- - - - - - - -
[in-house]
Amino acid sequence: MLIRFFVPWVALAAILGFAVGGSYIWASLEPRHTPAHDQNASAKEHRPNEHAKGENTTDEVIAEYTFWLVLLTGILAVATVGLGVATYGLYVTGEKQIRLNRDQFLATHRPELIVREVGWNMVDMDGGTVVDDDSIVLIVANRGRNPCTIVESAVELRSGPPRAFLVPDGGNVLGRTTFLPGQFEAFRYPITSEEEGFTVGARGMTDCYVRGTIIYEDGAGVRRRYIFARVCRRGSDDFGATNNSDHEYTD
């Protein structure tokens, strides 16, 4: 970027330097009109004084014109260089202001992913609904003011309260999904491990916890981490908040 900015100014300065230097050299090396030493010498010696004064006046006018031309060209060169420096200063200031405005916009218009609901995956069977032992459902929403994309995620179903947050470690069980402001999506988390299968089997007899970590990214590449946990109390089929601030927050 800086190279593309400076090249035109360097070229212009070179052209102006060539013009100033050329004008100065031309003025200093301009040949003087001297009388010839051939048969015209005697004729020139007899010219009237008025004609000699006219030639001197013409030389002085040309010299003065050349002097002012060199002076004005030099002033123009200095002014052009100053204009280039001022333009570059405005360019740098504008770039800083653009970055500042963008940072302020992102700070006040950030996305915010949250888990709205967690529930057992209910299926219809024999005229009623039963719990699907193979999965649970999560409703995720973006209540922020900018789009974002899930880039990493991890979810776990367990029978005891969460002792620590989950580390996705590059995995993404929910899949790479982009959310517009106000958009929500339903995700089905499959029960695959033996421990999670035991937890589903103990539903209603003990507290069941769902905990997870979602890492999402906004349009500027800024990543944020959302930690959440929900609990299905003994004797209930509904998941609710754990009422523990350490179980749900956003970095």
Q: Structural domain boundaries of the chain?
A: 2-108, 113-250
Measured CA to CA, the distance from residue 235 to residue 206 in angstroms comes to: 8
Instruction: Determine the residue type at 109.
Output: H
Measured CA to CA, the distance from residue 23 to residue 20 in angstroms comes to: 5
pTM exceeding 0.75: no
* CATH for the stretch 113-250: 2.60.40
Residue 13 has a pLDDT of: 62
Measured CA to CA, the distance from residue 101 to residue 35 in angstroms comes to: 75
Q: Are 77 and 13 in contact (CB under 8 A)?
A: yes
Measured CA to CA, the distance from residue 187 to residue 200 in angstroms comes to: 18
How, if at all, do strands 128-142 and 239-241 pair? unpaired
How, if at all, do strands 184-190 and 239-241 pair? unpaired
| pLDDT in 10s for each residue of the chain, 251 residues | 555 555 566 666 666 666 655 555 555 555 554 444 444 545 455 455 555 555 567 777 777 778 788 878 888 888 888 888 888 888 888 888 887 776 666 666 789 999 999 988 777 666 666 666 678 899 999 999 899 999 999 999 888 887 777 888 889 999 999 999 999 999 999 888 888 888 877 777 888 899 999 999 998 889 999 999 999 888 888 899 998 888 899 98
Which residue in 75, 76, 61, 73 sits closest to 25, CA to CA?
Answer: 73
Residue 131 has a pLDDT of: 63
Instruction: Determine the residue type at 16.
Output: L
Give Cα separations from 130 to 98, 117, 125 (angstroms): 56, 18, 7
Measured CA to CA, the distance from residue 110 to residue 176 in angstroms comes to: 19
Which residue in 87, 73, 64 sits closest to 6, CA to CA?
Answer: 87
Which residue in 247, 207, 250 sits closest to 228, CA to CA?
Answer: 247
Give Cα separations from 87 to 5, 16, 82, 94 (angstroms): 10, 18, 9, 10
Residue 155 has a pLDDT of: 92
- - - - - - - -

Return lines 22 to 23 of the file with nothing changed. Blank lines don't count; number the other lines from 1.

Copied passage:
Residue 131 has a pLDDT of: 63
Instruction: Determine the residue type at 16.